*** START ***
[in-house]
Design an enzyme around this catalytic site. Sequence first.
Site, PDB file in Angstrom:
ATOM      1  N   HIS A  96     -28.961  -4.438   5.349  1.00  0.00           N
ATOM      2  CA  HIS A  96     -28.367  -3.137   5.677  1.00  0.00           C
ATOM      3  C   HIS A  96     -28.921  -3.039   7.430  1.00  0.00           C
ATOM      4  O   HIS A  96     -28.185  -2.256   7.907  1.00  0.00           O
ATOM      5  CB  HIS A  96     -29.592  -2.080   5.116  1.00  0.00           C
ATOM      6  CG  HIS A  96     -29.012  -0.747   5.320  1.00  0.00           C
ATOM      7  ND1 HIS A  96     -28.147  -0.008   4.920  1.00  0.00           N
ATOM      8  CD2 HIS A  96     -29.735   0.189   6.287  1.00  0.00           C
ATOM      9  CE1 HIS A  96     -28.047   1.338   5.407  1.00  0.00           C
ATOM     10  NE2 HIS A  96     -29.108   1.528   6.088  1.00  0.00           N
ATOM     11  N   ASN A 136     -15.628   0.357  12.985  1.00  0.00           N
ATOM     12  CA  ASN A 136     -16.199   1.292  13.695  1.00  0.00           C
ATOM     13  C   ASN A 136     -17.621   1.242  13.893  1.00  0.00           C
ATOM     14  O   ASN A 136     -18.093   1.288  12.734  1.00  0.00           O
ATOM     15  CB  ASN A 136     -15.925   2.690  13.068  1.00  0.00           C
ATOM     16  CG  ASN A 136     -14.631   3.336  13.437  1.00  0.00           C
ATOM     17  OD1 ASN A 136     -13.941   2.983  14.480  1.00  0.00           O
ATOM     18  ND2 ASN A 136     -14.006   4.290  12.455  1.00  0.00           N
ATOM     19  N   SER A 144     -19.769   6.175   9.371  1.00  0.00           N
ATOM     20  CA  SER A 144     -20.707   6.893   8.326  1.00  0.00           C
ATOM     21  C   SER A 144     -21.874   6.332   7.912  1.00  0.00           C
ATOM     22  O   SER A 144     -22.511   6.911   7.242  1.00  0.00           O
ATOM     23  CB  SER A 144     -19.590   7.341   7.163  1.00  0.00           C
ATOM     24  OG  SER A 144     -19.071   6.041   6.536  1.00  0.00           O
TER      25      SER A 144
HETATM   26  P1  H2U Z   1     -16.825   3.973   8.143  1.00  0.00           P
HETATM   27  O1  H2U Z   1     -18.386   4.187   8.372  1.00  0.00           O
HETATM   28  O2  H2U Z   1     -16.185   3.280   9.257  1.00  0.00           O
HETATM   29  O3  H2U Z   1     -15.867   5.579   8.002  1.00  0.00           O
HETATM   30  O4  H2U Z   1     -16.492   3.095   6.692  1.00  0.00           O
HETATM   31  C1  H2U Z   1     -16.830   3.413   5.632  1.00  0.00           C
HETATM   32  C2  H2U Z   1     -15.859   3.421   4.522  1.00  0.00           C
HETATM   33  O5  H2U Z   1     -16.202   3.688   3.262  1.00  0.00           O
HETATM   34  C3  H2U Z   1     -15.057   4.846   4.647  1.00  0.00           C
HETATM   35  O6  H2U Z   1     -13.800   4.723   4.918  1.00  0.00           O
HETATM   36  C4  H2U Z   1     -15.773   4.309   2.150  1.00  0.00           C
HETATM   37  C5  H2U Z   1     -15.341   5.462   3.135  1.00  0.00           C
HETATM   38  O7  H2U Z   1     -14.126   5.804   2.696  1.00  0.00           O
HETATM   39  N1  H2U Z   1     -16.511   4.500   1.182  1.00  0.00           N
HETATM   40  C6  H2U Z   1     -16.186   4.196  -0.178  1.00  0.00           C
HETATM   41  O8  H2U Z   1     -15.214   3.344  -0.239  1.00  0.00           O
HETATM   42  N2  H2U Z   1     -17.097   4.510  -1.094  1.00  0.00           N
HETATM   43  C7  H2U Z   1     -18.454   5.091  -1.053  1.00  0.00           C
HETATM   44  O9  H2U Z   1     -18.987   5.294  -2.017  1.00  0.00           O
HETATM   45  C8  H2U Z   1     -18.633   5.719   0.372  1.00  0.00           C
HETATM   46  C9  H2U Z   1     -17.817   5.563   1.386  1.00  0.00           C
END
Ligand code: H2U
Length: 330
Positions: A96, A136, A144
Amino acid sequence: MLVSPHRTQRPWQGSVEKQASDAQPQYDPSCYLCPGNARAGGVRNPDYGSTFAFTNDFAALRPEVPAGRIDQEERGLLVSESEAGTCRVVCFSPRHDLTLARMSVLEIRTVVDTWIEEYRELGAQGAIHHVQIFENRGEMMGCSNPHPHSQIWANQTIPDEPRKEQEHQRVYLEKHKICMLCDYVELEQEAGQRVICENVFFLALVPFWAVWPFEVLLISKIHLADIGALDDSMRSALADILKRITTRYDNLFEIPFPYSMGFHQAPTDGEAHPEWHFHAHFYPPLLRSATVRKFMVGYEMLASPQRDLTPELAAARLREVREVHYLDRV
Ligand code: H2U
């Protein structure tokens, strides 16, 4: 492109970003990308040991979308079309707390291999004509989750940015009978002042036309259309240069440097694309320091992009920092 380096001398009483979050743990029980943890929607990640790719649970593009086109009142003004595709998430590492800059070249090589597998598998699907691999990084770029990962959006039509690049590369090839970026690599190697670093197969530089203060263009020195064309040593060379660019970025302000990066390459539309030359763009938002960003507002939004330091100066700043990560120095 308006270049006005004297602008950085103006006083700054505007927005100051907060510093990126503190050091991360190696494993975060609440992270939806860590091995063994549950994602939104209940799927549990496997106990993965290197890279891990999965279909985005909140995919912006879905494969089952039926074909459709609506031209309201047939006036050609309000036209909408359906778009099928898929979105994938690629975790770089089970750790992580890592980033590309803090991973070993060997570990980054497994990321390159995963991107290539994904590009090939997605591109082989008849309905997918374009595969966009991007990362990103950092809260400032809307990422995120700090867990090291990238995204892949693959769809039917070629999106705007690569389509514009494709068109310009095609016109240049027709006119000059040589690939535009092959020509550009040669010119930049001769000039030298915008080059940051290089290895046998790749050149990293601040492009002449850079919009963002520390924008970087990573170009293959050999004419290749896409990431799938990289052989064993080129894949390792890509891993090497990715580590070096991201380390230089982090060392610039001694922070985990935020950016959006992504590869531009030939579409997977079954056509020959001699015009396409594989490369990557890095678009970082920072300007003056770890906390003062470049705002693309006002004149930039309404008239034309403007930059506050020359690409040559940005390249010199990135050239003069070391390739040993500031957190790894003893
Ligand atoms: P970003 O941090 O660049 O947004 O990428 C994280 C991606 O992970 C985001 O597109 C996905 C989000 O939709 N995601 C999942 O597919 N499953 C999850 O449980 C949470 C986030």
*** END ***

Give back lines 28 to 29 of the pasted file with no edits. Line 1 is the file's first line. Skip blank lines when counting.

TER      25      SER A 144
HETATM   26  P1  H2U Z   1     -16.825   3.973   8.143  1.00  0.00           P